Graphic: Arrow Join Now! Graphic: Arrow MY AFP Profile Graphic: Arrow AFP Canada Graphic: Arrow AFP Mexico Graphic: Star MAKE A GIFT







Print PRINT Share SHARE Comment COMMENT

Best Practices in Nonprofit Board Governance in Canada

(May 5, 2006) The first national study of Canadian nonprofit boards of directors provides an overview of current practices and identifies key strategies in creating a fully engaged board.

Conducted by Strategic Leverage Partners Inc. in conjunction with the Centre for Voluntary Sector Research and Development, The National Study of Nonprofit Governance Board Practices in the Nonprofit and Voluntary Sector in Canada provides a wealth of data about how nonprofits across the country approach board governance.

The study also addresses the key challenges nonprofits are facing and their impact on board governance, as well as current governance trends and their implications for nonprofit boards.

The study is not meant as a performance tool for nonprofits, given their diverse nature and widely disparate group of stakeholders. However, several clear themes emerged in the areas of leadership, recruitment, succession planning, role clarity, education and development, accountability and stewardship, culture, board meetings, strategic planning, performance measurement and risk management. The study includes strategies and tactics, as well as examples of best practices.

Surprisingly, a couple of concerns that have been discussed recently in the sector did not emerge as larger issues: the challenges that boards face with regard to the long-term sustainability of their organizations and the importance of liability as an issue in recruiting board members.

Fully Engaged Boards

One of the key themes that emerged from the study is the difference in responses from organizations with fully engaged boards and those with a number of board members who were not engaged. Some of the characteristics of fully engaged boards include:

  • Their policies provide sufficient guidance to the board to govern the organization properly, are reviewed on a more regular basis and are publicly disclosed.
  • Their board members are better able to read and understand financial statements, are required to sit on at least one committee and require less lead time to carry out their responsibilities effectively.
  • They spend more time on board education and development, and the person responsible for briefing the board is effective.
  • They conduct formal board evaluations and evaluate their CEOs based on preset criteria.
  • They have formal risk management and crisis management policies and have assigned risk management and crisis management responsibilities to a specific individual or group.
  • They have a strategic vision for the organization and have translated their strategic goals into measurable objectives and benchmarks for the board to monitor.
  • They set annual objectives for the board, and the board or its committees follow a well-delineated work plan that outlines how the board will achieve its goals. The work plan becomes the board’s agenda for the year.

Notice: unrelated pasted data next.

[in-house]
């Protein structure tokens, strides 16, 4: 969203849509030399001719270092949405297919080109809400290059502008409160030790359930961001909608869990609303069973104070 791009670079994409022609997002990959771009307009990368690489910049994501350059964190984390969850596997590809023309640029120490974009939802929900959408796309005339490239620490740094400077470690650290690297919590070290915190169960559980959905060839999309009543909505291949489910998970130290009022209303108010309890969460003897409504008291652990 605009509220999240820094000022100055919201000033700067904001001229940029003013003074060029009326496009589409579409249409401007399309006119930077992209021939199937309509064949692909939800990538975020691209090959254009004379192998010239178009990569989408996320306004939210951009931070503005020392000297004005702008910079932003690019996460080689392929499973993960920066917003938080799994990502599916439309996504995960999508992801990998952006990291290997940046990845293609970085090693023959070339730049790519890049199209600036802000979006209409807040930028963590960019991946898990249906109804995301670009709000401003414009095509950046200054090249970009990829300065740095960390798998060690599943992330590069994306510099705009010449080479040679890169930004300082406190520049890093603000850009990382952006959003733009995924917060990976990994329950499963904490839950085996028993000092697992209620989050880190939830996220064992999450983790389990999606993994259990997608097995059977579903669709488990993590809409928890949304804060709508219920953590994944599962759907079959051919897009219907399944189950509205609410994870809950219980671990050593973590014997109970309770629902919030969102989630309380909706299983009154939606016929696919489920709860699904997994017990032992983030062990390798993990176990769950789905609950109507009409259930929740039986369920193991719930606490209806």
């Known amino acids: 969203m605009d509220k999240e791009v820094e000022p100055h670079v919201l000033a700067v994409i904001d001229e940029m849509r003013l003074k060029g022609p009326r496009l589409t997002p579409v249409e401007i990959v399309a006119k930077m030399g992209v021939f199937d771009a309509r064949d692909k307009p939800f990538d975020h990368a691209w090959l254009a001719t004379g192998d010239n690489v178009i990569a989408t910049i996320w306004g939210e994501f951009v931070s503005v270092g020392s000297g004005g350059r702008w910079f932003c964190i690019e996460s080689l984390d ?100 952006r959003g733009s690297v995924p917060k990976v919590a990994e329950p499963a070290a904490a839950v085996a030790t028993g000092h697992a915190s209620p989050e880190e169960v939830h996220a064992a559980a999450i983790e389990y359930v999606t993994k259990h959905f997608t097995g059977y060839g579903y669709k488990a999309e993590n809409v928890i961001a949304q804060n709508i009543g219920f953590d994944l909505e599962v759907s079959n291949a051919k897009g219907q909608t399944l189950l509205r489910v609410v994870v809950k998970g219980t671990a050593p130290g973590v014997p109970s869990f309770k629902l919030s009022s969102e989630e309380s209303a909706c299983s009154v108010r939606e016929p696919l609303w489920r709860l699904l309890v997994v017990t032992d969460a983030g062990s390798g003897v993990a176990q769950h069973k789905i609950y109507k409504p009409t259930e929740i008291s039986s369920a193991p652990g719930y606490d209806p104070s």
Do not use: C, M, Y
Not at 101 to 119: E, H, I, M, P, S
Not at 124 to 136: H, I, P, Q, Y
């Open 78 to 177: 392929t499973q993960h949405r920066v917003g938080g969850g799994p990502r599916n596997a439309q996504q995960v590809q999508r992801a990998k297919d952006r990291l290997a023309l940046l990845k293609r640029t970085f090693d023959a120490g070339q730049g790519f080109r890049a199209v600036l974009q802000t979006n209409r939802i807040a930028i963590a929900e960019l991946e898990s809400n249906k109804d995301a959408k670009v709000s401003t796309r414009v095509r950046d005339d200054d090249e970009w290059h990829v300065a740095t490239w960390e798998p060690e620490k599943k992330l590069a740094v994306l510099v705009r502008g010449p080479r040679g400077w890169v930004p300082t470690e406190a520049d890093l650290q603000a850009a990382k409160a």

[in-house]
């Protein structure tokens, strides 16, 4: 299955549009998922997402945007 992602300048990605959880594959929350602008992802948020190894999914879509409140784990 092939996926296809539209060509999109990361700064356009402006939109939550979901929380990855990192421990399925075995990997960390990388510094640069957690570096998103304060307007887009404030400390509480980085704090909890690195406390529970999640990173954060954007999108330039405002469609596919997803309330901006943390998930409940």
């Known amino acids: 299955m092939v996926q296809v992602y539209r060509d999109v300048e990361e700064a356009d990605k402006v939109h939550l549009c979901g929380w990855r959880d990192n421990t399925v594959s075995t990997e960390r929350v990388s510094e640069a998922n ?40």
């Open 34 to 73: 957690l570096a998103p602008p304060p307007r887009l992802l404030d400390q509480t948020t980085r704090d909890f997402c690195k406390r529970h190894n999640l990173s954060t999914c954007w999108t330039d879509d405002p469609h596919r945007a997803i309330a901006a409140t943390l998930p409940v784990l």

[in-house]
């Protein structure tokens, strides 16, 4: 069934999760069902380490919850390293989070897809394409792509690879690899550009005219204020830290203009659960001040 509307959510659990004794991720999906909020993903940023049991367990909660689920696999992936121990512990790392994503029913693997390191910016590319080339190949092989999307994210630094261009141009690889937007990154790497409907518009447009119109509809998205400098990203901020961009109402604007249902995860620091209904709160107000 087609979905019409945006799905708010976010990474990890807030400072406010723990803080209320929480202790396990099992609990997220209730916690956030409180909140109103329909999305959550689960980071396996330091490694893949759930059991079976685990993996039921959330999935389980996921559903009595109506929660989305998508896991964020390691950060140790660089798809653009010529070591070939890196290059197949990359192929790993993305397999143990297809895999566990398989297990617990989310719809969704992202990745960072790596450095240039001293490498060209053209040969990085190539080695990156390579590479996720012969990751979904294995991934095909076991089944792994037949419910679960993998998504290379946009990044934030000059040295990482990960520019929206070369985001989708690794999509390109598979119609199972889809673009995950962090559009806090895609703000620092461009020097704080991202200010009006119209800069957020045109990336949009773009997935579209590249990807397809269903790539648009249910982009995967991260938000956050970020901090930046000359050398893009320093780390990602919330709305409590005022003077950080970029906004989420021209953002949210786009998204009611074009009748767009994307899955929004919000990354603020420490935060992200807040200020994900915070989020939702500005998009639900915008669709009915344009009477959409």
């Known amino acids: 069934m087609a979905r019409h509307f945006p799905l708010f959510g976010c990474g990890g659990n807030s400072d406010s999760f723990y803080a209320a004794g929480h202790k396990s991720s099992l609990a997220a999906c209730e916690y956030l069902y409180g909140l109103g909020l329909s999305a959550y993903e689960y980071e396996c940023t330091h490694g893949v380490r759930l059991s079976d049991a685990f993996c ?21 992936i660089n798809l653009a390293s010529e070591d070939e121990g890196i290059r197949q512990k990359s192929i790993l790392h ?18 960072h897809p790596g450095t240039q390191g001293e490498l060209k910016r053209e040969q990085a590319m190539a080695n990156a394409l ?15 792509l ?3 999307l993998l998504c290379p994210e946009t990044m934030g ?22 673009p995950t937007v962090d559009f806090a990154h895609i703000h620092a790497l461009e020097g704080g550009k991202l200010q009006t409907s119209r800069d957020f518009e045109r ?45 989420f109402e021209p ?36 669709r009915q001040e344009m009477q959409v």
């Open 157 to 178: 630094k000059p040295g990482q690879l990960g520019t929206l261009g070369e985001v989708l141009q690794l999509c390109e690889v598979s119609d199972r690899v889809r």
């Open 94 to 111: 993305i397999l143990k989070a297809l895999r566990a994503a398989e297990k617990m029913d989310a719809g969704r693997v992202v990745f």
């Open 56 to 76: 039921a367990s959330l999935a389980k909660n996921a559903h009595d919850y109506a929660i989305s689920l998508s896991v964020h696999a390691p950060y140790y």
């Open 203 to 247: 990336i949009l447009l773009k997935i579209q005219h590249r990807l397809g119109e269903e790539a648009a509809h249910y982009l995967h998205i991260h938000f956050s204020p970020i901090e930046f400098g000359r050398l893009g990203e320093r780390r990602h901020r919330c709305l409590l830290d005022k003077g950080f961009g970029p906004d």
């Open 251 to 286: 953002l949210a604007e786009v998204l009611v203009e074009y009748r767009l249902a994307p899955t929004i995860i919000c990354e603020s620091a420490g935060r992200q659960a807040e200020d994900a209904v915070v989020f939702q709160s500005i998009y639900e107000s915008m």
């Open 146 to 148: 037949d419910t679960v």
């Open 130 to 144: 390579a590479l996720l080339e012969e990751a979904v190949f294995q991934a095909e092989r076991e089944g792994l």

• They spend more time at board meetings in lively debate of strategic issues.
  • Their board meetings are not dominated by one or two people.
  • They operate with a balanced budget.

The study goes into greater detail on each of these best practices and provides specific strategies for large and small organizations where applicable.

About the Study

The National Study of Nonprofit Governance Board Practices in the Nonprofit and Voluntary Sector in Canada used a variety of different methods to survey nonprofits and gather information:

  • A nationwide web-based survey distributed to 15,000 nonprofits, with more than 1,300 responses
  • Focus groups in Toronto, Ottawa and Halifax that included nonprofit leaders
  • Key informant interviews (discussions with five governance experts)
  • Leadership commentaries (individual interviews with nonprofit, academia and governance experts)
  • Community roundtables in Edmonton and Montreal focusing on smaller, grass-roots and community-based nonprofits

The study and an executive summary are available on the Strategic Leverage Partners website. The documents are free, but individuals must submit information about themselves (organization, title, email) in order to download them.

Strategic Leverage Partners Inc., based in Toronto, Ontario, is a boutique management consulting firm specializing in board effectiveness.

The Centre for Voluntary Sector Research and Development is a partnership of the voluntary sector, the Faculty of Public Affairs and Management at Carleton University and the Centre for Governance at the University of Ottawa. The centre is committed to encouraging original and applied research that is dedicated to the voluntary sector; founded on practical co-operation between practitioners in the sector and members of the research community; sustained by a commitment to social justice, democracy and diversity; and designed to produce rigorous inquiry and work of the highest quality.

4300 Wilson Blvd, Suite 300, Arlington, VA 22203 • 703-684-0410 | 800-666-3863 | Fax: 703-684-0540
©2009 AFP. This site content may not be copied, reproduced or redistributed without prior written
permission from the Association of Fundraising Professionals or its affiliates.
Privacy Policy | Feedback | Contact Us | Advertise with Us